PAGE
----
As long as people have been able to hear, there have been hearing problems. As a result, many have looked to find ways to fix or modify their hearing throughout human history. It was not until the last two centuries that hearing aids truly evolved into their modern form. To take a look at the history of these devices, we will examine several steps along the path to the modern hearing aid. After all, each of these early hearing aids shows just how crucial it is to integrate new technology into hearing aid devices.

The Ear Trumpet

This hearing aid is about as complex as it sounds. Any horn shaped implement that could be put into the ear with a flared end was able to act as a hearing aid. These ear trumpets would be fit into the ear and then collect acoustic sounds form the environment and channel it into the inner ear. While it was a bit crude, it was still a very effective means of hearing for about a thousand years. These were even built into furniture for the wealthy throughout the 17th and 18th centuries, when they started to be phased out.

Carbon Hearing Aids

One of the most complicated forms of hearing aids of the late 19th century was the carbon hearing aid. These hearing aids were much too large to be taken with you, and required using several expensive and complicated pieces of equipment. These included a large battery, a diaphragm connected to a carbon microphone, and a magnetic receiver. The listener would press their ear to the diaphragm and as the microphone picks up sound, carbon would shoot across the diaphragm to generate noise. With the pieces of carbon hitting the diaphragm, louder noises would be made to allow the individual to hear low sounds.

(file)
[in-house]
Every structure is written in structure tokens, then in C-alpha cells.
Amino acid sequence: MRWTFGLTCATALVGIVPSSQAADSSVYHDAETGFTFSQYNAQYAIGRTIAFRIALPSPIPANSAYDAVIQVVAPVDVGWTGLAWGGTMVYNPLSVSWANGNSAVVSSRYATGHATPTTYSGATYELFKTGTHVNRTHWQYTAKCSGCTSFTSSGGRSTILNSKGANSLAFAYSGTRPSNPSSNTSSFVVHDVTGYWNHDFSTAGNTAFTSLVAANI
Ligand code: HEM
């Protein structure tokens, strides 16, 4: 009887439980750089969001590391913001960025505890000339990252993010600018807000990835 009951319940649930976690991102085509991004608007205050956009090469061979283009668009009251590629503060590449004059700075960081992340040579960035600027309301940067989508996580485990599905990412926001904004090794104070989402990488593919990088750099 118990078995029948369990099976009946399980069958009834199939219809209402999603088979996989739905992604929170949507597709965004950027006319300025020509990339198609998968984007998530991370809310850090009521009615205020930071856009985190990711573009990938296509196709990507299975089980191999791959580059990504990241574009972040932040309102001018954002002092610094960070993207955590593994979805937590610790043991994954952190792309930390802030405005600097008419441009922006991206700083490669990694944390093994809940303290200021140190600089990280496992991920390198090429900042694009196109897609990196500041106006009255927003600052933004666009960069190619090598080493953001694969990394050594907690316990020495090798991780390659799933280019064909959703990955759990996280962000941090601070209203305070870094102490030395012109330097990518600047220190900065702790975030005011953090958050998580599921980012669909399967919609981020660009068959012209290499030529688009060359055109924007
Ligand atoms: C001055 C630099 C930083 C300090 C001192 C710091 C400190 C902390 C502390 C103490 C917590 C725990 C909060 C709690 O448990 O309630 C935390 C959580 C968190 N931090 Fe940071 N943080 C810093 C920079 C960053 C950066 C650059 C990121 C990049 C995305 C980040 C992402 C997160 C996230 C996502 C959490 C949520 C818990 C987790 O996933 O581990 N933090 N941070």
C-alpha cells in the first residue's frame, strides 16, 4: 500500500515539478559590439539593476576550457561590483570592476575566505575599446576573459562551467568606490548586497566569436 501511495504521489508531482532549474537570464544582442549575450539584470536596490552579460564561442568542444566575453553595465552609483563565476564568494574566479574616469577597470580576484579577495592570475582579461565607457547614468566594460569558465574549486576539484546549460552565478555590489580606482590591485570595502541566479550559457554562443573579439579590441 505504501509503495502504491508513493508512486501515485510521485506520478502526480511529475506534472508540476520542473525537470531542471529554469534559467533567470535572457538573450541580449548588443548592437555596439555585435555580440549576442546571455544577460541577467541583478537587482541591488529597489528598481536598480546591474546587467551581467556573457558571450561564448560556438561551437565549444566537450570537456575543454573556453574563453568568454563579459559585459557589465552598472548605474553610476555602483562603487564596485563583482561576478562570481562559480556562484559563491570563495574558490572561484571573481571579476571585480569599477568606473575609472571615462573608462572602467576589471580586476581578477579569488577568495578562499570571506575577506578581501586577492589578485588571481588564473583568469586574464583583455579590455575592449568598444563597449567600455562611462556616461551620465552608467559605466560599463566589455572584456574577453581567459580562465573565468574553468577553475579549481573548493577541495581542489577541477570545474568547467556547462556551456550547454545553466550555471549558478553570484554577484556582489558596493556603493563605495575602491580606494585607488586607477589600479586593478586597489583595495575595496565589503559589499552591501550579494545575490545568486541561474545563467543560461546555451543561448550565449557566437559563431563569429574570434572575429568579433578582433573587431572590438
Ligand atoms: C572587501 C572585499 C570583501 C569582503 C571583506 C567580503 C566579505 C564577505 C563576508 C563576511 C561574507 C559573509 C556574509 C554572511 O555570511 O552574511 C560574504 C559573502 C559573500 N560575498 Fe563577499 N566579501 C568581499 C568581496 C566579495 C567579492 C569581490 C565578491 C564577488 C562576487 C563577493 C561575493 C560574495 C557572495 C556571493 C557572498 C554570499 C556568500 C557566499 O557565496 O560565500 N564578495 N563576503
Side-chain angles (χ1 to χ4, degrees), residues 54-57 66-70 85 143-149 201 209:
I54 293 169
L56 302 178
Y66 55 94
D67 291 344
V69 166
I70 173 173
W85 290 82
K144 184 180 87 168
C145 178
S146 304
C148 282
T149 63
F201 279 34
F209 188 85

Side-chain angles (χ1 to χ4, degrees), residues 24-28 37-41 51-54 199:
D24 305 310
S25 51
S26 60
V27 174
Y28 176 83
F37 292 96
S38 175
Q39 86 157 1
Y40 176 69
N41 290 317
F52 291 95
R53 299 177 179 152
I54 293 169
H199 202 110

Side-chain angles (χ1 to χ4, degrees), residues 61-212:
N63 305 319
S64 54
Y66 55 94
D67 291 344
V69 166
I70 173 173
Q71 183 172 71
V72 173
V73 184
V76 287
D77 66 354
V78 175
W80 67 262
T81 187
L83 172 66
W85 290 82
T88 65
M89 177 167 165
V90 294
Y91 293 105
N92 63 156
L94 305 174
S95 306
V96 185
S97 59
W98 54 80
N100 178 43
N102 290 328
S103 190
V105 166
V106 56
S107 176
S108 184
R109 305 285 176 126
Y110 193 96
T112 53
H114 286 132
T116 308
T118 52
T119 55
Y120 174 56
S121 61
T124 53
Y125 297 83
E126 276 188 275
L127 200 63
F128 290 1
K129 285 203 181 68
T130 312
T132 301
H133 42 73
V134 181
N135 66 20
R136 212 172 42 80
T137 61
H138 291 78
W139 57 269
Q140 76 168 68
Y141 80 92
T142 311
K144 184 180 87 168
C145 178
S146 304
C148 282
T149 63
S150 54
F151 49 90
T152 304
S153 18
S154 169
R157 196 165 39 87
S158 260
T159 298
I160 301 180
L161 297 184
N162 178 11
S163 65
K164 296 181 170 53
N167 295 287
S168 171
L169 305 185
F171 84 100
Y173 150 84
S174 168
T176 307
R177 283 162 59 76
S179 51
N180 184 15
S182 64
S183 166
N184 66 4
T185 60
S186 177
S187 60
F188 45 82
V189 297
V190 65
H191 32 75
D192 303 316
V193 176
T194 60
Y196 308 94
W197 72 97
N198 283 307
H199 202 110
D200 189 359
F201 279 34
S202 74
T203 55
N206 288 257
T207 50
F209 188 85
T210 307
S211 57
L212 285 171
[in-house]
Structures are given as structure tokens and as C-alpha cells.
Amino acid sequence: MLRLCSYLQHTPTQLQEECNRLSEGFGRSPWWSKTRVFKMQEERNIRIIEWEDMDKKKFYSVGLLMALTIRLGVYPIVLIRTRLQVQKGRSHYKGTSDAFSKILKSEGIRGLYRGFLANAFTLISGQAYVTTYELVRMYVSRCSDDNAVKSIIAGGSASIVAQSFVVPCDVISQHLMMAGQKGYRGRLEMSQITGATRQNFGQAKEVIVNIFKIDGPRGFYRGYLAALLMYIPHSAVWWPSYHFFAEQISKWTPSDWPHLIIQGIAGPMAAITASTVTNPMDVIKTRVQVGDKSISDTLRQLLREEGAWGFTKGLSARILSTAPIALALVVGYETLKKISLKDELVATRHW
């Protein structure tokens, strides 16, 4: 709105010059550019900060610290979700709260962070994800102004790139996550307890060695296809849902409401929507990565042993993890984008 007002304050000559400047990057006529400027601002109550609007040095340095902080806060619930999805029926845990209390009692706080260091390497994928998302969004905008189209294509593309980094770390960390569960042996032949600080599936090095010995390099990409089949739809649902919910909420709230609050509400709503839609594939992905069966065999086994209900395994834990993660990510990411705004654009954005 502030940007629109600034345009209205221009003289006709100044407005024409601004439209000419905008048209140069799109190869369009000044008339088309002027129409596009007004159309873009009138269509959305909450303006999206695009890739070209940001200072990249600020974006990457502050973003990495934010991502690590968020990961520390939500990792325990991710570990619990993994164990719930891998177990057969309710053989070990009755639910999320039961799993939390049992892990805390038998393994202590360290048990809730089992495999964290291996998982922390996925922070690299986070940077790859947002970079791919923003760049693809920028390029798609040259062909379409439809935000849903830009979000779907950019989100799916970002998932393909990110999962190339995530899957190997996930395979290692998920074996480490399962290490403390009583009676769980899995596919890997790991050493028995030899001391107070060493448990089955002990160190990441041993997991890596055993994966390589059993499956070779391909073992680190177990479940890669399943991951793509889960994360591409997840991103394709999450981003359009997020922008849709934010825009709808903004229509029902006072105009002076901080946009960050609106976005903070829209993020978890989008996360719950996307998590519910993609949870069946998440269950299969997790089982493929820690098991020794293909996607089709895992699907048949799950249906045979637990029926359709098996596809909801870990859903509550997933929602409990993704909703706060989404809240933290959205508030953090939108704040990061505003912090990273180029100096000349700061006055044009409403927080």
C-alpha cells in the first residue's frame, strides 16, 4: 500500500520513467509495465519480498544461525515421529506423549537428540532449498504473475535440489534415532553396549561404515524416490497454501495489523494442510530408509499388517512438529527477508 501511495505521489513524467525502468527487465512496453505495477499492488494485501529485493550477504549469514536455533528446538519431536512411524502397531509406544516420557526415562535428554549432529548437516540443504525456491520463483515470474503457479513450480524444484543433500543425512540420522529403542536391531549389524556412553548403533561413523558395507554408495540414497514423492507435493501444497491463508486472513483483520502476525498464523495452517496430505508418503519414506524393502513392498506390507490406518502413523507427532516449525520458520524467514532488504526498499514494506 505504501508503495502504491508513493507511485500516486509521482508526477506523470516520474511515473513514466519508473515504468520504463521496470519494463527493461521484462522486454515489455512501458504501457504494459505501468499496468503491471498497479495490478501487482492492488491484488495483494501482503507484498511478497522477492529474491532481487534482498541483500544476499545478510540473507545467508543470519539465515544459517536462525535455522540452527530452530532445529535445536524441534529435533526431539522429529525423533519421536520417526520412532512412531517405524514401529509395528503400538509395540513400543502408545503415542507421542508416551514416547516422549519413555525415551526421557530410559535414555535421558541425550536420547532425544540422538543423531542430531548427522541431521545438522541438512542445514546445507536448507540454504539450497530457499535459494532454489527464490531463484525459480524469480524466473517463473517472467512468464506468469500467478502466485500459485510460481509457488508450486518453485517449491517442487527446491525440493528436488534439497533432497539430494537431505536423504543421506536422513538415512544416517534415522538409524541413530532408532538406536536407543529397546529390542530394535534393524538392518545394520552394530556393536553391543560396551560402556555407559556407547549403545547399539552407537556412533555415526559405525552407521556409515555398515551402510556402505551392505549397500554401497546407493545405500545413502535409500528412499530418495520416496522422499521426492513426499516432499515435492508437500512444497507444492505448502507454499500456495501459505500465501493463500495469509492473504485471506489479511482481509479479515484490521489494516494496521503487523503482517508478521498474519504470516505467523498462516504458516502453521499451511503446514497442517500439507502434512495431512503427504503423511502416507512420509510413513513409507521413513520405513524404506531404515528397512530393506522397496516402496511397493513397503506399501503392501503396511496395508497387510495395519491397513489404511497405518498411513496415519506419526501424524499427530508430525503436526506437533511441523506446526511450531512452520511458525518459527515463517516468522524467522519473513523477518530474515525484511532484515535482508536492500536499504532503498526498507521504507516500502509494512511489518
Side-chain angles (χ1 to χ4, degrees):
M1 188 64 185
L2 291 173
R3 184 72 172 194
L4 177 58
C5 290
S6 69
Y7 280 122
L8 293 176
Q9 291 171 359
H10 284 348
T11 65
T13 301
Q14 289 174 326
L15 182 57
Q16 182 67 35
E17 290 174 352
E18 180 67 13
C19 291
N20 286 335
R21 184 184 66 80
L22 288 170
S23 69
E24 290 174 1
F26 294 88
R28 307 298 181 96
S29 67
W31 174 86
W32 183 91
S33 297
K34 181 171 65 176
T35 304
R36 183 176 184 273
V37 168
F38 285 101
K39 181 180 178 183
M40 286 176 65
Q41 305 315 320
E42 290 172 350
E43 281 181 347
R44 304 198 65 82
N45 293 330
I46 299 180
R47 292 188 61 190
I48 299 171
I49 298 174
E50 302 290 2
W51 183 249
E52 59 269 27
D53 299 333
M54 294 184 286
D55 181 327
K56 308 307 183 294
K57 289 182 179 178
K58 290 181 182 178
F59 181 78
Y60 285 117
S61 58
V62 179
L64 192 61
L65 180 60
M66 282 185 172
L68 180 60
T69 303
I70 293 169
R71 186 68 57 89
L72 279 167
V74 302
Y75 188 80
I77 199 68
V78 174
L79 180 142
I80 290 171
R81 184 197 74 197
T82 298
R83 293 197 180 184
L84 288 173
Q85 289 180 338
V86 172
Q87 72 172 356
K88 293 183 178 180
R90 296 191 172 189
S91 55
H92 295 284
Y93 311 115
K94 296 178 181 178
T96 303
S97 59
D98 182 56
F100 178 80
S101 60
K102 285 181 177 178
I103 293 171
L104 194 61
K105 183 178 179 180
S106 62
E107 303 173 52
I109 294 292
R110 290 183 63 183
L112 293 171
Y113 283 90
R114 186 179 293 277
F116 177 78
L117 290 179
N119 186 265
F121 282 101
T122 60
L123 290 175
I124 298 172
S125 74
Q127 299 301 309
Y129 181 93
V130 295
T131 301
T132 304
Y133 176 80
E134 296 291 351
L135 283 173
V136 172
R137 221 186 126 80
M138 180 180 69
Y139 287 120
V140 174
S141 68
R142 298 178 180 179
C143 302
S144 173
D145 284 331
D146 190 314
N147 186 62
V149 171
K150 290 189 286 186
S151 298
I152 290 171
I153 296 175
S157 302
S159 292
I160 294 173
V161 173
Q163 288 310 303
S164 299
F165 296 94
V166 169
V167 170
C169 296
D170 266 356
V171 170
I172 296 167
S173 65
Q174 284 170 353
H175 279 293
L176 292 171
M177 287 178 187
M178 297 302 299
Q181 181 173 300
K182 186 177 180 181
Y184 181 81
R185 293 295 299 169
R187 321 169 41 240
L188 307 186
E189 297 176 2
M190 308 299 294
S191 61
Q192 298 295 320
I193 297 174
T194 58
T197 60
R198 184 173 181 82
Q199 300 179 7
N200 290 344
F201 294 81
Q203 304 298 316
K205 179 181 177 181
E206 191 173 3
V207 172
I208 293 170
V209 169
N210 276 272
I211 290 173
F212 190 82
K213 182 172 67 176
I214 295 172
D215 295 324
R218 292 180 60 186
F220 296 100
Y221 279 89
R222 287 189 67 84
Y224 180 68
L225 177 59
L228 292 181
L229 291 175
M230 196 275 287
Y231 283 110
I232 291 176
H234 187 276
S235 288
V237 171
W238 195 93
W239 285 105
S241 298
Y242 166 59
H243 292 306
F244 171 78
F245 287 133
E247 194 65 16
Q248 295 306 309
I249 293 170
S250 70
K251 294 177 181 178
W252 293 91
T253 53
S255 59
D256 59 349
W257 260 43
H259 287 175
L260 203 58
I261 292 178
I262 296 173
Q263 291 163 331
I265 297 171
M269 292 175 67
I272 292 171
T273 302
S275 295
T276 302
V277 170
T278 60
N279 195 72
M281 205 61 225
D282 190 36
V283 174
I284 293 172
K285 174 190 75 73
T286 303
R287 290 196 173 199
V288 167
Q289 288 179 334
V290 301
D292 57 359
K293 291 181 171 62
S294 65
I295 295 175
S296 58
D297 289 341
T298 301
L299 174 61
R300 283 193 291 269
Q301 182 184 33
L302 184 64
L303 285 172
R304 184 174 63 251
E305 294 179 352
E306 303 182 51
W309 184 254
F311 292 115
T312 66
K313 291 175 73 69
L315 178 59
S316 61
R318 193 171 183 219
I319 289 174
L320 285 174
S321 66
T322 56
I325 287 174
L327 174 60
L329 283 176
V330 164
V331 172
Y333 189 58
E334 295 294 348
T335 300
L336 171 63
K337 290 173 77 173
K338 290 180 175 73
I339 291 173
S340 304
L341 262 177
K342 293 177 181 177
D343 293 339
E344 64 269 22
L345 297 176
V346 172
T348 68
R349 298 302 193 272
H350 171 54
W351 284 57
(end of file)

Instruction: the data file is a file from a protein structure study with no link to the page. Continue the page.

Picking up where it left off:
Of course this came with a variety of different drawbacks such as not being able to move around with the hearing aid. It was also very low sound quality that was produced, and it could only pick up some frequencies. Still it was a step forward in the world of hearing aid technology.

Vacuum Tube Hearing Aids

One of the final types of hearing aids to be developed before transistor and digital hearing aids were vacuum tubes. They were developed during the 1920s and used telephone technology of the time in order to make them work well. They were only seven pounds, so they could be taken and used on the go. Essentially, these devices were telephones that gathered sound from the environment, turned the sound into electric impulses, and then fed it loudly through the receiver for the individual using a vacuum tube. Not only was this important for people with hearing loss, but it drew many researchers and investors into hearing aid technology.

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